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(Running Time: 10:00)

Mountain climbing can be hazardous to your health. And with more and more adventurers participating in sports that take them to higher altitudes, the potential for disasters is increasing. In this episode, a German research team heads for the Alps to see if a test can predict who will adjust successfully to reduced levels of oxygen. Even though the volunteers are aware of the risks, the situation nearly turns fatal for one of them.

Curriculum Links
Mountain Climbing and Human Physiology
At High Altitiudes
For Further Thought



circulatory system,
respiratory system


blood cells,
human brain


aerobic breathing,
fitness, hypoxia

gas exchange,
lung capacity,


Two thousand years ago, Chinese travelers climbing the Himalayas called them the "Headache Mountains." And little wonder. The high peaks of the Himalayas have caused more than a few headaches for even the most experienced mountain climbers over the centuries.

The ancient Chinese who ascended those lofty peaks had one advantage modern travelers often do not: climbers in previous centuries were forced to acclimate slowly to any change in height, since they could not be flown in to a mountain resort and expect to be on the slopes or out hiking on the same day.

In a modern scenario, tourists fly from their homes at sea level to a mountain resort at 7,000 or 8,000 feet. The adventurous traveler then decides to take a tram or hike to the ski slopes, or climb a mountain trail, which might be closer to 9,000 or 10,000 feet. By nightfall, the traveler may experience severe headaches, shortness of breath, nausea, mental confusion and great fatigue.

This form of altitude sickness is known as acute mountain sickness. It can occur when people accustomed to living at sea level ascend to altitudes higher than 8,000 feet too rapidly for the body to adjust. At higher altitudes, changes in the atmospheric air pressure cause oxygen levels to drop. Mountain sickness is the body's response to falling concentrations of oxygen. It is remedied by rest or descent. Mountain Climber
Not everyone who travels above 8,000 feet will experience symptoms of acute mountain sickness. It was once thought that more physically fit people would have an easier time adjusting to altitude. But that is not always the case, as you see on FRONTIERS when scientists try to predict who will experience the more severe form of mountain sickness. Some people are not as susceptible to any form of mountain sickness.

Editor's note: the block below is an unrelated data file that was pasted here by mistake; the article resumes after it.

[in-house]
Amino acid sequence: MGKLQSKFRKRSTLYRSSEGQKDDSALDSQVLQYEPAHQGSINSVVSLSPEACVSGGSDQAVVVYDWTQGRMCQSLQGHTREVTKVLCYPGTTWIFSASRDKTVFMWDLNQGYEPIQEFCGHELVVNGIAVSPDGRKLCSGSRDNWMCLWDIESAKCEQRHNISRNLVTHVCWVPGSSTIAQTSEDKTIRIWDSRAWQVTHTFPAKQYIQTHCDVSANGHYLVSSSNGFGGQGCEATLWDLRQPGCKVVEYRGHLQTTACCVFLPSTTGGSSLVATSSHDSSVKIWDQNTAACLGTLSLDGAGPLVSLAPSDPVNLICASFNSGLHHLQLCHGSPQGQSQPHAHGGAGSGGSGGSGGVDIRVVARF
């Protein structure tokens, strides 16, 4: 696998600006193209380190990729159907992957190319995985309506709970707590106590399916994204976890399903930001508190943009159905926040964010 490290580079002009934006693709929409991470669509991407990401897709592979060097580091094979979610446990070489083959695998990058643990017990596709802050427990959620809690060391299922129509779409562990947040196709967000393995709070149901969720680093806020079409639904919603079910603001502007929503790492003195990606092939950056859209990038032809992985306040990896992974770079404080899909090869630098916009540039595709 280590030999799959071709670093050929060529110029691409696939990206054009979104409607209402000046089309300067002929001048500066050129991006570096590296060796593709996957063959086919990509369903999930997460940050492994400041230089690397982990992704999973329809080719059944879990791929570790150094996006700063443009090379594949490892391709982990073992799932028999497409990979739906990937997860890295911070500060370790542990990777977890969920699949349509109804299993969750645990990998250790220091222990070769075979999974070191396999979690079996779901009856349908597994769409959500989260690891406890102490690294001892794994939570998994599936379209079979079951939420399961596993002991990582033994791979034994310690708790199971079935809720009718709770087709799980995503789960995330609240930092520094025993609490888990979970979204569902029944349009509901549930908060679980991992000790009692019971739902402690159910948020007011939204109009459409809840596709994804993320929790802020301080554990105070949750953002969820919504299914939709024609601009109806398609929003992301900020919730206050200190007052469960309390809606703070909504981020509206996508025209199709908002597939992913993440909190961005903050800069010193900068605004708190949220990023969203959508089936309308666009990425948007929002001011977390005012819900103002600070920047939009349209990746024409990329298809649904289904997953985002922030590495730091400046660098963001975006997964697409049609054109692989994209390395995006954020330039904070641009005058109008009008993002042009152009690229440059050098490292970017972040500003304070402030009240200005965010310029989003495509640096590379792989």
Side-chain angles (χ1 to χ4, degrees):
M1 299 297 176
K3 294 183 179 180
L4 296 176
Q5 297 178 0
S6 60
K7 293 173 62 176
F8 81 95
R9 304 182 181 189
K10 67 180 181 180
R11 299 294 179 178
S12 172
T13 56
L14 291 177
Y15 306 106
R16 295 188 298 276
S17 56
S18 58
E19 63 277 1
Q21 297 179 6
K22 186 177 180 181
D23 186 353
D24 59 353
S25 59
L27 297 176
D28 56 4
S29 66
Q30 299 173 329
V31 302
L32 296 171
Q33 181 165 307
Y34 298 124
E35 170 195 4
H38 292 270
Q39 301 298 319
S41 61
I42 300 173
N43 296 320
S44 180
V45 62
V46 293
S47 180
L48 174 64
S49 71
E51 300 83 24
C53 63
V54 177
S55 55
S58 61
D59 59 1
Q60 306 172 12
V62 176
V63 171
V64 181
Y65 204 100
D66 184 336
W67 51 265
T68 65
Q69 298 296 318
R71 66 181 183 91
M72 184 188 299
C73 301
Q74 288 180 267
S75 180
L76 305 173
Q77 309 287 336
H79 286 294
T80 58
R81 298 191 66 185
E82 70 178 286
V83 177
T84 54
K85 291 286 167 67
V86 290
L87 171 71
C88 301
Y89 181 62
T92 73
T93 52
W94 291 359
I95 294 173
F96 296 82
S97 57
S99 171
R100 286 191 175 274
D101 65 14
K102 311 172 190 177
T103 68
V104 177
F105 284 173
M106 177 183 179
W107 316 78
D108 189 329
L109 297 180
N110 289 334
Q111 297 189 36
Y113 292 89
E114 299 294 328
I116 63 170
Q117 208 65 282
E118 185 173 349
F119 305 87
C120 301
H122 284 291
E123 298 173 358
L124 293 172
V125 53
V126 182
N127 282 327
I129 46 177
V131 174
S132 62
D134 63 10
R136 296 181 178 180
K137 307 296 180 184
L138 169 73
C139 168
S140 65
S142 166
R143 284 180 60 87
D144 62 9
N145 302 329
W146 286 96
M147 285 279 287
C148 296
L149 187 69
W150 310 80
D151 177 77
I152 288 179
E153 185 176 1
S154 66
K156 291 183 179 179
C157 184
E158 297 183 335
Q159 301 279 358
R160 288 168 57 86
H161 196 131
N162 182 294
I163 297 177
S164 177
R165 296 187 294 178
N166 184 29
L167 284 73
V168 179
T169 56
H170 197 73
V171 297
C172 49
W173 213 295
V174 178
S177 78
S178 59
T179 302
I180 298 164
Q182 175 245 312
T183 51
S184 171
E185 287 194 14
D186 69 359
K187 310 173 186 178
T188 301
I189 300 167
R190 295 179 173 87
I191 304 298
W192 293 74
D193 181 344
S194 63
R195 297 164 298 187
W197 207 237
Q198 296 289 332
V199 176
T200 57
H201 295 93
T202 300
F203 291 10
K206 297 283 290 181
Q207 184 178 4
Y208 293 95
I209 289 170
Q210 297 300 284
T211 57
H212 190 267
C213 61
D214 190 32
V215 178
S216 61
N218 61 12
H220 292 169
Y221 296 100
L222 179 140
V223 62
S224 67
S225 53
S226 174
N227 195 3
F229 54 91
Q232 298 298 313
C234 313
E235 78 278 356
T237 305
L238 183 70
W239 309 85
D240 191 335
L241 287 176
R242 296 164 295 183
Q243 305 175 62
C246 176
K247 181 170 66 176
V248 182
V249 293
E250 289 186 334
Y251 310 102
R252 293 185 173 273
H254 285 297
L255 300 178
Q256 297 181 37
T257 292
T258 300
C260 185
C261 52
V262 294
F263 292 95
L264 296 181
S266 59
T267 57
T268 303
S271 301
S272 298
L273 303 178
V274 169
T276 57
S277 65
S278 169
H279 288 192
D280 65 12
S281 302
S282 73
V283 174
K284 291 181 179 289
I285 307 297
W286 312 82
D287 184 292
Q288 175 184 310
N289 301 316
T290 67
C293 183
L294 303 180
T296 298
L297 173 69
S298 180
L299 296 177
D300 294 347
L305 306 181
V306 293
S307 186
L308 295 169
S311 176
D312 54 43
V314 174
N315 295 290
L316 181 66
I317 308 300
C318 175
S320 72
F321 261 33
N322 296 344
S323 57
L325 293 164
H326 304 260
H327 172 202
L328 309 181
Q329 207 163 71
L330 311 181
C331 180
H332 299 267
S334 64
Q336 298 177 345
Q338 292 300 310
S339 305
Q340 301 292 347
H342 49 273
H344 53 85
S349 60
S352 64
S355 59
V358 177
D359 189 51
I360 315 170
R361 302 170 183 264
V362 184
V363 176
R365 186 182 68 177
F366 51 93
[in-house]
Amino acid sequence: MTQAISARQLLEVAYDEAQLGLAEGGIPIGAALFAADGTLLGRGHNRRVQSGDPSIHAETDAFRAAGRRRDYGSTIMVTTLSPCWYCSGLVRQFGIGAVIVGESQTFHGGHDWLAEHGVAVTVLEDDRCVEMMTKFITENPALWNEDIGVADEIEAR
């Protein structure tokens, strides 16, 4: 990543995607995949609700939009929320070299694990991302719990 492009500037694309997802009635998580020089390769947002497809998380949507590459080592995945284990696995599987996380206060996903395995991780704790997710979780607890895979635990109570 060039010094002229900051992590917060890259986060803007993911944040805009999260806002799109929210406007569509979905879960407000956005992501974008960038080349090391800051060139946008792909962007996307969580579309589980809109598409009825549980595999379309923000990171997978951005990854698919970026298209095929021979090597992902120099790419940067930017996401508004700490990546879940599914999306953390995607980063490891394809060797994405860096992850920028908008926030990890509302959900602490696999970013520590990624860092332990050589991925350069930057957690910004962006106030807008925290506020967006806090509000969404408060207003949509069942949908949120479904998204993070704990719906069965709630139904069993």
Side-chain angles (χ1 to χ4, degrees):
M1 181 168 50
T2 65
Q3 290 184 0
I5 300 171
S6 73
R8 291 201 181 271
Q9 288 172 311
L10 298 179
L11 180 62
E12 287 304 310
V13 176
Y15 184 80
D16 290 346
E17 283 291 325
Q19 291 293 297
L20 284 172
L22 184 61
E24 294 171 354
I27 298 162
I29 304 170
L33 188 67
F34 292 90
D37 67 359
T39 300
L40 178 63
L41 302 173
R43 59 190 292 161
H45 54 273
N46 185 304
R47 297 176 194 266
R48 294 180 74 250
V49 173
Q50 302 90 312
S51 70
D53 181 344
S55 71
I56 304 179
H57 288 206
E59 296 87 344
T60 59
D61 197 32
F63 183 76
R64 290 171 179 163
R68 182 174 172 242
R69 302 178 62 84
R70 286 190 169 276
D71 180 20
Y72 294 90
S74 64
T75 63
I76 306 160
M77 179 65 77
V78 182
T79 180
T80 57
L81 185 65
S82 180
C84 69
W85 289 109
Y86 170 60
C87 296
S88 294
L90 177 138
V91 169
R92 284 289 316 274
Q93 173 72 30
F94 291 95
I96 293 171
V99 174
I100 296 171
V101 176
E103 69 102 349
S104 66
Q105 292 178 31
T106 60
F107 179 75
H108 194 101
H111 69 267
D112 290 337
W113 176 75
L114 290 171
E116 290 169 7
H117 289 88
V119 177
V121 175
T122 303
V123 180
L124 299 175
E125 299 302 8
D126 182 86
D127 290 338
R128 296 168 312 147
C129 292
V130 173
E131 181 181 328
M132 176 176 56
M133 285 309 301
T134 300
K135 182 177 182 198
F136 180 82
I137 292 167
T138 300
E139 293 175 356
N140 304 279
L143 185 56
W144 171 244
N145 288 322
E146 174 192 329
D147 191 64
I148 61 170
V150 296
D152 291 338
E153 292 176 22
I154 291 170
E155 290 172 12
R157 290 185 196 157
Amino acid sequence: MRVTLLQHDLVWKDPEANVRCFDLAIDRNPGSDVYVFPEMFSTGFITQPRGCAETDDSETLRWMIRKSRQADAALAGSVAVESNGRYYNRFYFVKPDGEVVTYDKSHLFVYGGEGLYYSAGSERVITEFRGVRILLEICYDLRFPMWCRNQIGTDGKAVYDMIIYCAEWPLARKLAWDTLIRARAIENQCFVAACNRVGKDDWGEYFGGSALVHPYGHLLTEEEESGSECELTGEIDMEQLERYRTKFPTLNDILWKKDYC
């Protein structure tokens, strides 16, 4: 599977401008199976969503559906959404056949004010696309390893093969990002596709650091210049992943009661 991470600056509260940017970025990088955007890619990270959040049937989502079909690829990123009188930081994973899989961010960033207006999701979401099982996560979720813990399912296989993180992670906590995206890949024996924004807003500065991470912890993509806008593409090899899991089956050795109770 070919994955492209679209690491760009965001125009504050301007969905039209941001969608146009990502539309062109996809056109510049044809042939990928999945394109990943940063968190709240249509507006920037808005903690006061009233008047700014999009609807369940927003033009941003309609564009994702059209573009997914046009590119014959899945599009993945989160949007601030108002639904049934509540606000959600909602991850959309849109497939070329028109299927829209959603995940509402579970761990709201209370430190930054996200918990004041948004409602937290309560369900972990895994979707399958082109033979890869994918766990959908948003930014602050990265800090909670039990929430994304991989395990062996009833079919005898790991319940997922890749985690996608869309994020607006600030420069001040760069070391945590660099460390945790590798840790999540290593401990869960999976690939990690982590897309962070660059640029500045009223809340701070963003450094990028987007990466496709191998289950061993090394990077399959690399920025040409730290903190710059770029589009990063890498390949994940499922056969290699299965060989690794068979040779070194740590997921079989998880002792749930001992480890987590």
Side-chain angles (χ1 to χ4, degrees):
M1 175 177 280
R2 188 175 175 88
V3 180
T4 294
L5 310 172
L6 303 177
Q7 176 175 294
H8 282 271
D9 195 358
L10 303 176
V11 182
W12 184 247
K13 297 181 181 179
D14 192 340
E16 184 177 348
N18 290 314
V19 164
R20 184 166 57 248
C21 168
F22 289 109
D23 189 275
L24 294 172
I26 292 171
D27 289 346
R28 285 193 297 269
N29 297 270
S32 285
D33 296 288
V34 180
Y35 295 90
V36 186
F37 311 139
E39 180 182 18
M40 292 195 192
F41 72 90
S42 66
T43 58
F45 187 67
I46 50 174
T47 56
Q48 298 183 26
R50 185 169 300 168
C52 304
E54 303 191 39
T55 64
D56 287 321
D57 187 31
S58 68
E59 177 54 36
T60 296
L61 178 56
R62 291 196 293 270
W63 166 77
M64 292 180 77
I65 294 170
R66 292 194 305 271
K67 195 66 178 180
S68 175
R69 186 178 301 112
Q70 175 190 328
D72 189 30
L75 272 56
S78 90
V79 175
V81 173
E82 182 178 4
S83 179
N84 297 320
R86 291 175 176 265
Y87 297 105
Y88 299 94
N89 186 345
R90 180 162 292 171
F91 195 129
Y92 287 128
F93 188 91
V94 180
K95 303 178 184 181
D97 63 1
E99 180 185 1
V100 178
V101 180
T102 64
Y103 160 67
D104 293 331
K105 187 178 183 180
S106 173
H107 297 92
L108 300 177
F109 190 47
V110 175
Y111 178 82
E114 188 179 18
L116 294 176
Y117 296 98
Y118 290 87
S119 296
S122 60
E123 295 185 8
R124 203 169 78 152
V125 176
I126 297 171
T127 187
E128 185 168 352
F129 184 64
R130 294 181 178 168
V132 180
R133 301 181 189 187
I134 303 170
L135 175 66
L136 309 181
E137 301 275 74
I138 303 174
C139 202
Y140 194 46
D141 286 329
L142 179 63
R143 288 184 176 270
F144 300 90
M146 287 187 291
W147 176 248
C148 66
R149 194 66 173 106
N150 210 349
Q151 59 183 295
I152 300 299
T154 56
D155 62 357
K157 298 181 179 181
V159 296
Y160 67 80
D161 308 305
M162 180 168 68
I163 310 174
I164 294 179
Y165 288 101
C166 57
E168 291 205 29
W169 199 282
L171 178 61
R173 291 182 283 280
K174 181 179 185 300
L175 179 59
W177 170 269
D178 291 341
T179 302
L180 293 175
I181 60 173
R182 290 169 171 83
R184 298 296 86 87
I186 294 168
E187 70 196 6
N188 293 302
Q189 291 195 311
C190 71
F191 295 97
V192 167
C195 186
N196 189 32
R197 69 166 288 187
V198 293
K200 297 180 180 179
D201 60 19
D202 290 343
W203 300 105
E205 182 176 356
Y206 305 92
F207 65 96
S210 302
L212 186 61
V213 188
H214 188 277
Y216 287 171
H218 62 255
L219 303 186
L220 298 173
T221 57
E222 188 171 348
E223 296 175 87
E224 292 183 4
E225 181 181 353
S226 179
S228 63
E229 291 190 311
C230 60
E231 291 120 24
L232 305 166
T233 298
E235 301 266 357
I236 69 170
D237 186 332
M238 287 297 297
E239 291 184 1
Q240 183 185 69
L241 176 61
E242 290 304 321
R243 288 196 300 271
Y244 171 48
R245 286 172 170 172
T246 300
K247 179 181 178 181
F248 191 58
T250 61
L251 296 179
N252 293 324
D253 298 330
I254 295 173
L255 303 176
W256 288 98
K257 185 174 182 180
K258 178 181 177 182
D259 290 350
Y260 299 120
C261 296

The case of mountain sickness in this episode of FRONTIERS is more extreme than that experienced by the occasional traveler. This more dangerous form of mountain sickness is high-altitude pulmonary edema, which can be fatal. Experienced climbers and skiers know that the key to preventing problems at altitude is to climb slowly, allowing the body to acclimate. As a rule of thumb, climbers can avoid perils by ascending 2,000 feet a day above 7,000 feet and by climbing at a comfortable pace, allowing time for rest.


Even altitudes of 5,000 feet can literally take your breath away. If you live at an elevation of less than 3,000 feet, be aware that a rapid change in altitude can occasionally cause problems. Altitude sickness is highly unpredictable and can strike people in the best of health. Be aware of these symptoms:

  • listlessness, drowsiness, apathy
  • prolonged or severe headache, extreme thirst
  • sleep disturbances, mental confusion
  • slowed reflexes, fatigue

To cope with altitude sickness and its potentially unpleasant or dangerous effects when hiking, skiing or snowboarding, acclimate yourself slowly, drink plenty of water and avoid vigorous exercise until you've adjusted to the higher elevation.


  • What is the altitude where you live?
  • Compare the atmospheric pressures at various altitudes, from sea level to 29,0008.
  • Investigate the effects on the body of deep-sea diving at depths comparable to high altitudes. How are the "bends" like altitude sickness?
  • For more details on the physiology of the human body at high altitudes, see "Mountain Sickness" in the October 1992 issue of Scientific American.


Scientific American Frontiers
Fall 1990 to Spring 2000
Sponsored by GTE Corporation,
now a part of Verizon Communications Inc.